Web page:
“Dr. WONG the Dr. WRONG?” THE IMPACT OF ETHNICITY ON PERCEPTIONS FROM A COMMUNICATION ACCOMMODATION THEORY PERSPECTIVE.

Chun Yat Tong (2010). “Dr. WONG the Dr. WRONG?” THE IMPACT OF ETHNICITY ON PERCEPTIONS FROM A COMMUNICATION ACCOMMODATION THEORY PERSPECTIVE. Honours Thesis, School of Psychology, The University of Queensland.

       
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Author Chun Yat Tong
Thesis Title “Dr. WONG the Dr. WRONG?” THE IMPACT OF ETHNICITY ON PERCEPTIONS FROM A COMMUNICATION ACCOMMODATION THEORY PERSPECTIVE.
School, Centre or Institute School of Psychology
Institution The University of Queensland
Publication date 2010
Thesis type Honours Thesis
Supervisor Watson, Bernadette M.
Total pages 124
Abstract/Summary Building on previous work on communication accommodation theory (CAT), stereotyping and perceived ingroup versus outgroup membership, this thesis examined how knowledge about a speaker's ethnicity could influence a listener's impression and evaluation of a speaker in a health context. The thesis comprised of a pilot study and a main study. In the pilot study, 30 volunteers (15 Australians, 15 Asians) rated on 3 written transcripts of medical consultations. Results showed that there were no significant differences between the transcripts on important structural items such as realism. In addition, participants thought that the doctors across different scenarios were similar. In the main study, 112 participants (80 Australians, 32 Asians) listened to 4 recordings of medical consultations and rated each recording on CAT strategies, outcome measures, future intensions as well as dimensions of warmth and competence. Doctors were shaped as either Caucasian or Asian by giving different names and photos. Contrary to predictions, Asian doctors were rated more favourably by both Caucasian and Asian participants. Possible explanations identified including social desirability, different goals and initial orientations and multiculturalism in Australia. Strengths and limitations, implications and future directions are discussed.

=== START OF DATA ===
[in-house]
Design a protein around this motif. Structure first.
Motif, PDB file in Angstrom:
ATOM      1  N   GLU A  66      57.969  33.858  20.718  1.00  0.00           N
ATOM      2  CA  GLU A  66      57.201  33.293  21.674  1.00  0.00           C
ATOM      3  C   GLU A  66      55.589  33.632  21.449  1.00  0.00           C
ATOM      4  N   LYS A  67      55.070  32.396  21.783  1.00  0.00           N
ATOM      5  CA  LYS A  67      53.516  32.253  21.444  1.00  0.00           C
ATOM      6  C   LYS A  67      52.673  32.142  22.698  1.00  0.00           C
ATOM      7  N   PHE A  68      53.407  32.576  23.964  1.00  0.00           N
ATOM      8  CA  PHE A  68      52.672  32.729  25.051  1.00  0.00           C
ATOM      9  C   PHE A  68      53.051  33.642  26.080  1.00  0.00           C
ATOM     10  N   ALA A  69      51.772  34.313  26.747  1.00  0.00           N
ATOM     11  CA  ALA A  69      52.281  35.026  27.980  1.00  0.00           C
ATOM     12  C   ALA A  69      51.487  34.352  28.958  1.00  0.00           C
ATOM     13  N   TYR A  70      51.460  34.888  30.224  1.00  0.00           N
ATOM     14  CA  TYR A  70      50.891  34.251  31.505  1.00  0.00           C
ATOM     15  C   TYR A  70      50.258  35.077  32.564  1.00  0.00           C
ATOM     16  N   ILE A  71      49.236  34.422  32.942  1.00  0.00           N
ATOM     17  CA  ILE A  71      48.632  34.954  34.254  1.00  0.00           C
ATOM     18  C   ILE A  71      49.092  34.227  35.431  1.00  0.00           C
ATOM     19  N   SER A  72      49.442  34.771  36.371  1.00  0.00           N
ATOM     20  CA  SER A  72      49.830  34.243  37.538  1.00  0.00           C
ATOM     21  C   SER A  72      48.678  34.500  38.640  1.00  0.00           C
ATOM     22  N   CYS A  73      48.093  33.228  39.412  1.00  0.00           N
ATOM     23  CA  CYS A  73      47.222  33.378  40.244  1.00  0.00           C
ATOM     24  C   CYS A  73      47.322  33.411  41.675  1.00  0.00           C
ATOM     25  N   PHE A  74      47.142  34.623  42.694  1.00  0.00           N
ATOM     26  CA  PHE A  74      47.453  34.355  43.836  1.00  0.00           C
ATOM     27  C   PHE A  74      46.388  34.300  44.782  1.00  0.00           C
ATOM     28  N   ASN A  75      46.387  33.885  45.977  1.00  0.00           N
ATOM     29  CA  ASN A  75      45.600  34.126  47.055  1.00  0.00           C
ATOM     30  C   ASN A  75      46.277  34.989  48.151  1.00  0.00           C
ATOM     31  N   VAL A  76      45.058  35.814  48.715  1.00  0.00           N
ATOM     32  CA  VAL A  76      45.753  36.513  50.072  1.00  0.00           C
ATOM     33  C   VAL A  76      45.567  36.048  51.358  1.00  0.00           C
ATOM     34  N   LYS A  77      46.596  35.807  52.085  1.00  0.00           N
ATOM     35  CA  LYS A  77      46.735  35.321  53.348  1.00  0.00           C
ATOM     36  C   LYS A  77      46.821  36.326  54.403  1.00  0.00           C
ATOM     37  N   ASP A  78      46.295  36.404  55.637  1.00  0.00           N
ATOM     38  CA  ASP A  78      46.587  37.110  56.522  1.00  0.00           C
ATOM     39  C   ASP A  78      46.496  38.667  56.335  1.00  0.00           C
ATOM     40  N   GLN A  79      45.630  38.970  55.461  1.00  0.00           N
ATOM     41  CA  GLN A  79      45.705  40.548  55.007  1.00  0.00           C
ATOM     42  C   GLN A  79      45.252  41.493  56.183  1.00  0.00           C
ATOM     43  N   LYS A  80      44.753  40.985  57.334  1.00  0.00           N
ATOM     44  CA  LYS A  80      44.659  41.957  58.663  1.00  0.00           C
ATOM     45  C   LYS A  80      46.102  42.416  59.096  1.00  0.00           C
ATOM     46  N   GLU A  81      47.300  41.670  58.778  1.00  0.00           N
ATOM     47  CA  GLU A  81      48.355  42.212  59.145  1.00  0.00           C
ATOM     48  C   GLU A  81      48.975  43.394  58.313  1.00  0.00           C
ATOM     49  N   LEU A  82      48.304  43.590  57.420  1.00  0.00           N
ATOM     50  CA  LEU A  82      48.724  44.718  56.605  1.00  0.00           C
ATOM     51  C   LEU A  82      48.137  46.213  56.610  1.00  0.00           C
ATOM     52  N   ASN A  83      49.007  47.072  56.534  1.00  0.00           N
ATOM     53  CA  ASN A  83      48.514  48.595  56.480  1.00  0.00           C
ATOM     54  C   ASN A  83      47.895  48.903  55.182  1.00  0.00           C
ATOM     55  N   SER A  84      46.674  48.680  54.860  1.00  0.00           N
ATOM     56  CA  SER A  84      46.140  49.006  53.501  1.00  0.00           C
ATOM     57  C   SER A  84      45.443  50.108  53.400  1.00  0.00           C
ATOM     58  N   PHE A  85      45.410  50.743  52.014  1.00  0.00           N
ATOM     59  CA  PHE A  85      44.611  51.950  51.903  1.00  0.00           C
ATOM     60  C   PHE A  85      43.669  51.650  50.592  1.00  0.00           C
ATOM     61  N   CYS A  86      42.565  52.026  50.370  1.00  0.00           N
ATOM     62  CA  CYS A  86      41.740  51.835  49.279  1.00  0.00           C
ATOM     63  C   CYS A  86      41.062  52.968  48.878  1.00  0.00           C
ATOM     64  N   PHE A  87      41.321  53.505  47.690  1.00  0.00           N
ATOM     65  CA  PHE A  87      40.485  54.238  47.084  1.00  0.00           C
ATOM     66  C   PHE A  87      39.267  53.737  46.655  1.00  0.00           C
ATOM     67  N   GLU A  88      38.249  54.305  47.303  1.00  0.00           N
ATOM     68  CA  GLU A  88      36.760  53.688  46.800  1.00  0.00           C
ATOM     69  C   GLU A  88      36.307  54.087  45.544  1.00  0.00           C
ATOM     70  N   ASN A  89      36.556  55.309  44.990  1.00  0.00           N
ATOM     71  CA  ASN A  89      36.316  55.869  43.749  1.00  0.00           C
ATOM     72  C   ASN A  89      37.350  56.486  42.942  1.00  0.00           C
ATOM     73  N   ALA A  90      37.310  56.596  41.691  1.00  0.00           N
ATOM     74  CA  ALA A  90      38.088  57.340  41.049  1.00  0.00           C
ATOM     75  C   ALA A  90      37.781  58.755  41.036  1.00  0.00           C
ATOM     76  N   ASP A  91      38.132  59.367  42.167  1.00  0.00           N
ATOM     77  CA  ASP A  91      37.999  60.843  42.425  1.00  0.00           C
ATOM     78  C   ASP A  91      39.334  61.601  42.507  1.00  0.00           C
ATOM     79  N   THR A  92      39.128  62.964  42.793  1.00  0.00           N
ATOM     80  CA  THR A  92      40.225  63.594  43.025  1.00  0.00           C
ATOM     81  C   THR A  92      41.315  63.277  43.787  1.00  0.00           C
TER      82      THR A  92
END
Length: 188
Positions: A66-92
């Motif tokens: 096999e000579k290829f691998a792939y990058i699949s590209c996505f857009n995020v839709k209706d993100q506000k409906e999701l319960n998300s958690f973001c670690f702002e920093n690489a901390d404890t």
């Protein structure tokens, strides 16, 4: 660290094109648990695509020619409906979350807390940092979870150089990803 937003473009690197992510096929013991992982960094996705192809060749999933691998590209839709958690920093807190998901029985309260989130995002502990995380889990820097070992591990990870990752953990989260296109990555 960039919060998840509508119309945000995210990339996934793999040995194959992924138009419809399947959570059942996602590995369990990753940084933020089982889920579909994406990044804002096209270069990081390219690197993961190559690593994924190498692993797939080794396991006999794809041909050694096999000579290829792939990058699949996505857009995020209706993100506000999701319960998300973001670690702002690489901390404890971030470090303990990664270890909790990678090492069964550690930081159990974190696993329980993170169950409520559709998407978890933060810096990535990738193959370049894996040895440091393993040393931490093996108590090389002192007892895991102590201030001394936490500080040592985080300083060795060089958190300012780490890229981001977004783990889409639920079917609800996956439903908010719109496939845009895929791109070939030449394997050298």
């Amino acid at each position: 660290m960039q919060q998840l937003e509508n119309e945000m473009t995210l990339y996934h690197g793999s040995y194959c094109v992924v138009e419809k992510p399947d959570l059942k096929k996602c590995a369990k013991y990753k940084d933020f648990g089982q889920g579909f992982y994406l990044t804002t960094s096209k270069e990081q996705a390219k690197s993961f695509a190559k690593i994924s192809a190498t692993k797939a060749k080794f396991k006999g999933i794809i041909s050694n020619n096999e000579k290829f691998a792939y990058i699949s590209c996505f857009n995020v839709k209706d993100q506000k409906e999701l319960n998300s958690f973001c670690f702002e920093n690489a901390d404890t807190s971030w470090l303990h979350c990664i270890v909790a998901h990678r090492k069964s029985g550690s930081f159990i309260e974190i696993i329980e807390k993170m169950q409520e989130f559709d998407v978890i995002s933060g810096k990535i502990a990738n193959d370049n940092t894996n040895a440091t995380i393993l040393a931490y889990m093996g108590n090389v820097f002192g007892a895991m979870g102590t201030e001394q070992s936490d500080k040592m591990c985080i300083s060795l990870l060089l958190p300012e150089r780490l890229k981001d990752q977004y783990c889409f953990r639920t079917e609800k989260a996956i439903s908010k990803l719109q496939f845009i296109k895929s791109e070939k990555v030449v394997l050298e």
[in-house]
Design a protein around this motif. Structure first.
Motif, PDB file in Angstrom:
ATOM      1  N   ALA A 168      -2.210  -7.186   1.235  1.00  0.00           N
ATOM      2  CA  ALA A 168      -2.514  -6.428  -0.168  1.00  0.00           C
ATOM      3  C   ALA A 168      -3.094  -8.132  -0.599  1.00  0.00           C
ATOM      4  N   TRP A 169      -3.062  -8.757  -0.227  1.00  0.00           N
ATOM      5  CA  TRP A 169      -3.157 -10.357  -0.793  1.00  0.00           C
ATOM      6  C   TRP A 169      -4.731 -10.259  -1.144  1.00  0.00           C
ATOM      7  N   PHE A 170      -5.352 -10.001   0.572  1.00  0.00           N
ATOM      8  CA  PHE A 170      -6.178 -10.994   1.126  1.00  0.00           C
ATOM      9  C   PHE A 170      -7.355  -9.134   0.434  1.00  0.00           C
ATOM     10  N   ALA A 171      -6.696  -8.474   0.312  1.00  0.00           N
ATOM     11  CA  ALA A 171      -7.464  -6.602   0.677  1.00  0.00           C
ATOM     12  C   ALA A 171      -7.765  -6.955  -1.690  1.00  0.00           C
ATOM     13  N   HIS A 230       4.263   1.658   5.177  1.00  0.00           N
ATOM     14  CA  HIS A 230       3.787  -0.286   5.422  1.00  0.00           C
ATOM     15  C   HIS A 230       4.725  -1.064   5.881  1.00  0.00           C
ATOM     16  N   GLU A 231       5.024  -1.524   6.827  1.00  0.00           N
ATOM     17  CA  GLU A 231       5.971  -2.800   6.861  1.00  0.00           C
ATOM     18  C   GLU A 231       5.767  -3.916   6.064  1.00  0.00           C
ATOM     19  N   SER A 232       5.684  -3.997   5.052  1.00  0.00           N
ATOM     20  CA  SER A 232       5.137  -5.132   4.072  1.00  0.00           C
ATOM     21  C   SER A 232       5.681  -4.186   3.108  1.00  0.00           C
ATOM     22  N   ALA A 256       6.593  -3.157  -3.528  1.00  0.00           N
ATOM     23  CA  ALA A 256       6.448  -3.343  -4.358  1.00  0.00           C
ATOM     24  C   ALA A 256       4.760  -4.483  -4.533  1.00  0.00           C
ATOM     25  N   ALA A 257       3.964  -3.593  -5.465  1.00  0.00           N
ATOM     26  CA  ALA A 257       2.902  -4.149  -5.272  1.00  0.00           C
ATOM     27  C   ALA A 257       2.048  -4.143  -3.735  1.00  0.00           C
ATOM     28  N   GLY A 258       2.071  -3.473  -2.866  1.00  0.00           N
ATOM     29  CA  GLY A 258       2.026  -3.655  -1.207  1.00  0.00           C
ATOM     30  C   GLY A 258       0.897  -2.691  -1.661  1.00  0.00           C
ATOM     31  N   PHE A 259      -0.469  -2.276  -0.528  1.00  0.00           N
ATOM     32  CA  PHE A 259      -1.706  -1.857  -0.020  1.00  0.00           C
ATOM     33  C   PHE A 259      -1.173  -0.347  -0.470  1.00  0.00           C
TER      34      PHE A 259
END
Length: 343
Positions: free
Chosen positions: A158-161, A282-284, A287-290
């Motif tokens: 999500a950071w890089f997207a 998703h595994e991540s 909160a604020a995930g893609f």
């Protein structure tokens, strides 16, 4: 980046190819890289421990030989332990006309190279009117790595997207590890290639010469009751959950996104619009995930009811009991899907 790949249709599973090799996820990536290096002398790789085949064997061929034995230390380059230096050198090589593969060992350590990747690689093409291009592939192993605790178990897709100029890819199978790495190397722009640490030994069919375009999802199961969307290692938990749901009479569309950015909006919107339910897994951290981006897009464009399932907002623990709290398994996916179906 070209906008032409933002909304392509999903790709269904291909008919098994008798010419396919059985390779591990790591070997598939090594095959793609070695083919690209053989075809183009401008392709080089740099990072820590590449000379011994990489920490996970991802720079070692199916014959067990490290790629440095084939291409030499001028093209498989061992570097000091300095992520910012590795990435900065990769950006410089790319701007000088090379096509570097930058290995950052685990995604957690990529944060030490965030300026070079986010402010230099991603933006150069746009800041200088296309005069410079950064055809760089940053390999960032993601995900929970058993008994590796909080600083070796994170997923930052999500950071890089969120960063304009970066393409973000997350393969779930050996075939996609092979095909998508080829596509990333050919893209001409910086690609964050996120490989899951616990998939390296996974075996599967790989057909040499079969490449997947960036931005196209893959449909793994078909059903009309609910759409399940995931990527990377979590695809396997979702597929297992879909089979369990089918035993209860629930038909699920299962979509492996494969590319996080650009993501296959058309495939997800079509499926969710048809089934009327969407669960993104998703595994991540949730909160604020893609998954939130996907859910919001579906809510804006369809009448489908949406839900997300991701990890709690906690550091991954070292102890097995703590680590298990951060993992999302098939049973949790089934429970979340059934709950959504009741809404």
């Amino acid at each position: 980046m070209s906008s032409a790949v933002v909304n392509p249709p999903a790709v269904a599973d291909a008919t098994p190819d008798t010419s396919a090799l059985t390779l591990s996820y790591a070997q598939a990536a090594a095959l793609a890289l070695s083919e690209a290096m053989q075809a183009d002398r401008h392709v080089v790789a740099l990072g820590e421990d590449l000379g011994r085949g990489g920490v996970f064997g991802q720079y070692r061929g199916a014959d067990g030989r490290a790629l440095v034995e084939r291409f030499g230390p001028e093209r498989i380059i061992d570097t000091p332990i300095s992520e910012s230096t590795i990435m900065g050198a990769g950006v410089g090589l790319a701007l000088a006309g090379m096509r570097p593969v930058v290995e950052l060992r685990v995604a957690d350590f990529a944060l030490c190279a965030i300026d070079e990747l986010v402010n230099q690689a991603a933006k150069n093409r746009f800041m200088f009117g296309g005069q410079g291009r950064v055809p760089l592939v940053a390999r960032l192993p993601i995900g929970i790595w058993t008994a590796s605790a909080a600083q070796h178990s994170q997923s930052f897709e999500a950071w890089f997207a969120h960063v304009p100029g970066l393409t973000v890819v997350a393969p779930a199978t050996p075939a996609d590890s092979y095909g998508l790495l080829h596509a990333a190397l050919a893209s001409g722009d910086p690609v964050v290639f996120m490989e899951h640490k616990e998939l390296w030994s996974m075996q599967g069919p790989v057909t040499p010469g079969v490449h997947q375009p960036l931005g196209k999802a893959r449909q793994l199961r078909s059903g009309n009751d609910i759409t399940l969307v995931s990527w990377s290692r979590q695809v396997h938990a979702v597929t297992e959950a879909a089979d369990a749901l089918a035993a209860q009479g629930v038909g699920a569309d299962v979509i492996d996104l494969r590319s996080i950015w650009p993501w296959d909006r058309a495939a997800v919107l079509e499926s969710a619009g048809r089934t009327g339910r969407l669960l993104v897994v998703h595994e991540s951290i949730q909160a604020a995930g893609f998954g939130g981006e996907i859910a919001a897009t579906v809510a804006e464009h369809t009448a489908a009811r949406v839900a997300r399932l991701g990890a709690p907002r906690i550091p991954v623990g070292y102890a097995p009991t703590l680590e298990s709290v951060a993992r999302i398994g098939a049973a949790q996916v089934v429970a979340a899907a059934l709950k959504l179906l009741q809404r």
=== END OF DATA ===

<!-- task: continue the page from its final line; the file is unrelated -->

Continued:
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Created: Tue, 05 Apr 2011, 12:34:53 EST by Lucy O'Brien on behalf of School of Psychology